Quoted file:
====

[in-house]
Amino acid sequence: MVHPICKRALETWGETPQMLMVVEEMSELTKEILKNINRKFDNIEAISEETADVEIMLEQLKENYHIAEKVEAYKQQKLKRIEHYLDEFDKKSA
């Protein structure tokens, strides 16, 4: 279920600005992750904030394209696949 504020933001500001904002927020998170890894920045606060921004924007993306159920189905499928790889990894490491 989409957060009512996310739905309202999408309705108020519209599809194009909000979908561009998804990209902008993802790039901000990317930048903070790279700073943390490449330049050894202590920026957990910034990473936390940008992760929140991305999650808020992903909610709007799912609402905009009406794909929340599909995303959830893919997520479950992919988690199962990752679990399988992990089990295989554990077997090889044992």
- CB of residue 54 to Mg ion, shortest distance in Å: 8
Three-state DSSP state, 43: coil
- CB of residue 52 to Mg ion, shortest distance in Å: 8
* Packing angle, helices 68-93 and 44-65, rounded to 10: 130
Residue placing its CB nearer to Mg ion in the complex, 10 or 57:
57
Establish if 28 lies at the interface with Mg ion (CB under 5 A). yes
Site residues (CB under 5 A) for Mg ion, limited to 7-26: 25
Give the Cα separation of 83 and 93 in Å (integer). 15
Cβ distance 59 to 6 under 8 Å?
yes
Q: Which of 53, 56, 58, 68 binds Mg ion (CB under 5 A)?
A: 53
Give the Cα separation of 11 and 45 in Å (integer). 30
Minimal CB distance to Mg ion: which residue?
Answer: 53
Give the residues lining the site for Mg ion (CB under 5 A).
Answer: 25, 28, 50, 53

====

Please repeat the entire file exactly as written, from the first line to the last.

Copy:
[in-house]
Amino acid sequence: MVHPICKRALETWGETPQMLMVVEEMSELTKEILKNINRKFDNIEAISEETADVEIMLEQLKENYHIAEKVEAYKQQKLKRIEHYLDEFDKKSA
């Protein structure tokens, strides 16, 4: 279920600005992750904030394209696949 504020933001500001904002927020998170890894920045606060921004924007993306159920189905499928790889990894490491 989409957060009512996310739905309202999408309705108020519209599809194009909000979908561009998804990209902008993802790039901000990317930048903070790279700073943390490449330049050894202590920026957990910034990473936390940008992760929140991305999650808020992903909610709007799912609402905009009406794909929340599909995303959830893919997520479950992919988690199962990752679990399988992990089990295989554990077997090889044992």
- CB of residue 54 to Mg ion, shortest distance in Å: 8
Three-state DSSP state, 43: coil
- CB of residue 52 to Mg ion, shortest distance in Å: 8
* Packing angle, helices 68-93 and 44-65, rounded to 10: 130
Residue placing its CB nearer to Mg ion in the complex, 10 or 57:
57
Establish if 28 lies at the interface with Mg ion (CB under 5 A). yes
Site residues (CB under 5 A) for Mg ion, limited to 7-26: 25
Give the Cα separation of 83 and 93 in Å (integer). 15
Cβ distance 59 to 6 under 8 Å?
yes
Q: Which of 53, 56, 58, 68 binds Mg ion (CB under 5 A)?
A: 53
Give the Cα separation of 11 and 45 in Å (integer). 30
Minimal CB distance to Mg ion: which residue?
Answer: 53
Give the residues lining the site for Mg ion (CB under 5 A).
Answer: 25, 28, 50, 53